The Victoria Mansion is considered a national historic landmark and a fascinating look into 19th century interior and exterior design. It is known for its overall architecture and entrancing styled interior. The organization works on maintaining the building and sharing the history of the mansion with the public. From the artwork on the wall right down to the color scheme of everything inside the mansion, there is a reason for all of it. The house really helps capture the capture rich mid-century lifestyle in Portland.
The house is known for many of its features. It’s also known to be one of the best, least-altered examples of large Italian brick and brownstone homes in the U.S. The house has twin sinks in the guest bedroom (which was known to be a classy wealthy addition to the home) on the second floor; a Turkish smoking room, that is one of the first pieces of Islamic architecture in the U.S, carved marble fireplaces, and a flying staircase.
Many events take place inside the mansion for adults as well as kids. Events like; Chilling Celtic Tales, Victorian Murder & Mayhem, Stories on the Staircase, Night of the Nutcracker with Portland Ballet, Tea Tasting, and other Scholarly Events.
Tickets for students are $8 and the mansion is open from May 1st to October 31st. The tour can be guided or self-paced. It’s recommended to buy tickets in advance of arrival.
Henry Austin is the architect of this building. He is also known for building New Havens City Hall, Bett’s House, Dana House, and Hillhouse Avenue Historic District. He was known mostly for his buildings in Connecticut. Indian architecture influenced Henry’s work and it is definitely noticeable in a lot of the details in his overall building design. Gustave Herter and Giuseppe Guidicini were the interior designers. Ruggles and Olive Morse were the ones who commissioned the house as well as the furniture and decorations inside.
These men were not the only to take part in the creation of the mansion. Many lives were impacted by this building. Slaves were forced into the working of this building, back when it was considered acceptable however the current commissioners realize that which is why they created something called the “Unwilling Architects initiative.”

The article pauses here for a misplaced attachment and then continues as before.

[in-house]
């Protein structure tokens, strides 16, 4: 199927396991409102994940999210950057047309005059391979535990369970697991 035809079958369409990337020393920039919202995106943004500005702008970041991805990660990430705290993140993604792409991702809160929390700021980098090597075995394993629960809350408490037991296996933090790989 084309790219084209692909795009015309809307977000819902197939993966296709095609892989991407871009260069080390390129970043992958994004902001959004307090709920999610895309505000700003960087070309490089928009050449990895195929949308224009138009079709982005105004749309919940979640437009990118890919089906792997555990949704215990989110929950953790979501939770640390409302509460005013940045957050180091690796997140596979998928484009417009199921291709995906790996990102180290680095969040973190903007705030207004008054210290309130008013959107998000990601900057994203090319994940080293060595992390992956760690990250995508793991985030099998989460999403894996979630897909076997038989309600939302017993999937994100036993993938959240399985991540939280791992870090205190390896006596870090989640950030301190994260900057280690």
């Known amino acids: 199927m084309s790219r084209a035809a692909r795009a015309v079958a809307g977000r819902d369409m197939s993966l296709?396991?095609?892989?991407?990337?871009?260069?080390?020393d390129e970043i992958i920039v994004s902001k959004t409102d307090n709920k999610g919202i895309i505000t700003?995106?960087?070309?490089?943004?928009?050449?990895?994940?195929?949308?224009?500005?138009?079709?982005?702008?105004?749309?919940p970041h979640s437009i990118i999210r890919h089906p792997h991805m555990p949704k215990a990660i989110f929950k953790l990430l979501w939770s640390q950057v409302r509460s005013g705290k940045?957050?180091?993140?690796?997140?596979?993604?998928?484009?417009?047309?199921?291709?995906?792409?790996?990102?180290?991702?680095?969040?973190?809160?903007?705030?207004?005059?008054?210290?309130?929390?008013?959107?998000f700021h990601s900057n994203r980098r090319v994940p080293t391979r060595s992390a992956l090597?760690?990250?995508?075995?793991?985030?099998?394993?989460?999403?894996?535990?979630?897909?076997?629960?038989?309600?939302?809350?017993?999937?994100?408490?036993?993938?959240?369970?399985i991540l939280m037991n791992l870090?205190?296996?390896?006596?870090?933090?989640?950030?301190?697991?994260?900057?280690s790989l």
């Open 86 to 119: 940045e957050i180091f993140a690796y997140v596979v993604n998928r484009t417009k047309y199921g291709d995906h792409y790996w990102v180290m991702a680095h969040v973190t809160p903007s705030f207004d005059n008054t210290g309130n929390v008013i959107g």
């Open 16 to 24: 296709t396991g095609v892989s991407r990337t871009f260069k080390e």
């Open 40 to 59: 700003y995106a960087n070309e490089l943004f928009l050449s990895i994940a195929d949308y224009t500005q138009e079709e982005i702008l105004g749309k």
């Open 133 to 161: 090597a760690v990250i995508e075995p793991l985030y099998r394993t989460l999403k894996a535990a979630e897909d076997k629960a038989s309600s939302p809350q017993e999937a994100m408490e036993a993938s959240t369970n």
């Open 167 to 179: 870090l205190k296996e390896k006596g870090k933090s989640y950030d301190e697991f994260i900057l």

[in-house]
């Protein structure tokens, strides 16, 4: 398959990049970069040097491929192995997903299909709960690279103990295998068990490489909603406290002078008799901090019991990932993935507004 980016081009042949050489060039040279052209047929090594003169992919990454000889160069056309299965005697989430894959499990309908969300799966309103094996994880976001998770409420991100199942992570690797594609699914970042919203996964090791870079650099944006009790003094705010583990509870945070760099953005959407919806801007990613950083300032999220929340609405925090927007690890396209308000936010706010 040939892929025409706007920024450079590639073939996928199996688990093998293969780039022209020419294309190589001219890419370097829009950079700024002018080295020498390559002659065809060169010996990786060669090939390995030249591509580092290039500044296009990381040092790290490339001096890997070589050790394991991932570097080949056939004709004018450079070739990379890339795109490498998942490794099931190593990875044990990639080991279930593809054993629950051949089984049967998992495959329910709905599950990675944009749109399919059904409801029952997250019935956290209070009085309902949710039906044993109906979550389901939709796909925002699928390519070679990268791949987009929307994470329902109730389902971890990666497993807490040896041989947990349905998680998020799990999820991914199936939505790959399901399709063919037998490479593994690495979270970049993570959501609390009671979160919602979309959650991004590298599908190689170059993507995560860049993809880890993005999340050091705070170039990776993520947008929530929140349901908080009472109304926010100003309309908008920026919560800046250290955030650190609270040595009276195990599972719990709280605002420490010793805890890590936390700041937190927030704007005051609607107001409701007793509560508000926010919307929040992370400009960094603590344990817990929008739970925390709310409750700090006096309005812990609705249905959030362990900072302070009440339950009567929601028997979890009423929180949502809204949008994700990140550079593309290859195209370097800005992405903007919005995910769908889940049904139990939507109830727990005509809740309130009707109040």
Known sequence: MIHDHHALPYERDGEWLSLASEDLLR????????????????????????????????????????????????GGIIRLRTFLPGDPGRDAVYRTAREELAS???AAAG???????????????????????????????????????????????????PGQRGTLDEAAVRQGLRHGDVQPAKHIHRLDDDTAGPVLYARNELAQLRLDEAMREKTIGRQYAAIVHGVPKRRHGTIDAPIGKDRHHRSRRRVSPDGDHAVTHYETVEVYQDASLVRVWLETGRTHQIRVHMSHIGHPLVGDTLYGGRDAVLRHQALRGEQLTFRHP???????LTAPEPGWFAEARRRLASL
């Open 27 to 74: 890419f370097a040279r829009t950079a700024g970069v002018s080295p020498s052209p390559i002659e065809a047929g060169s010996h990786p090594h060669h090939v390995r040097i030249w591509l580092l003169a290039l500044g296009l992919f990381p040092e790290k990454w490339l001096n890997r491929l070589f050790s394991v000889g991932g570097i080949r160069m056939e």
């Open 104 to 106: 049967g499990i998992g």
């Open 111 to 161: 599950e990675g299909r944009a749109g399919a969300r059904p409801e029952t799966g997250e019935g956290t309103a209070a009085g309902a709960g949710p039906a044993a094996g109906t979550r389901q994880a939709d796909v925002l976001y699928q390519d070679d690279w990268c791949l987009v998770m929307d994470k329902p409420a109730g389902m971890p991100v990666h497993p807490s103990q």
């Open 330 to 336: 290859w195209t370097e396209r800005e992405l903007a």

“The Unwilling Architects initiative, launched in 2021, aims to expand our knowledge of the Black and mixed-race individuals who played an unwilling part in the rapid accumulation of the Morses’ fortune, which underwrote the construction of Victoria Mansion. Though this work will be ongoing, an initial round of research has already allowed us to begin updating and expanding our interpretive materials and educational programming.”
The commissioner also explained that “The stories of the Black and mixed-race individuals and families impacted by the Morses are significant parts of the history of the Mansion, as well as the history of the United States as a whole.” Can you include a story? Thankfully, this information doesn’t get neglected and the house is actively working on educating anyone who is interested in the mansion’s history.
One of the statues called “Reproof” is an interesting and fitting piece of art inside the mansion.
The Smithsonian describes it;
“- a young girl sternly scolds her cat, who has just attacked a bird’s nest. She clutches the cat to her chest and looks at it disapprovingly, while waving her hand in discipline. Meanwhile, a dead bird lies at her feet and feathers hang limply from the cat’s mouth. Thaxter created an image that is more aligned with Victorian probity than with the carnality of the ancient gods. The savage little cat, which claws at its mistress’s dress (revealing her bloomers!), has indulged its appetites and must be corrected. ‘This scene,’ continues the Smithsonian, ‘is a prelude to the responsibilities of motherhood: the young girl who is now reprimanding her cat will have to ensure that her own children are well behaved in the future.’” This statue is my favorite in the mansion and really helps set the tone of other statues and art pieces on display around the house.
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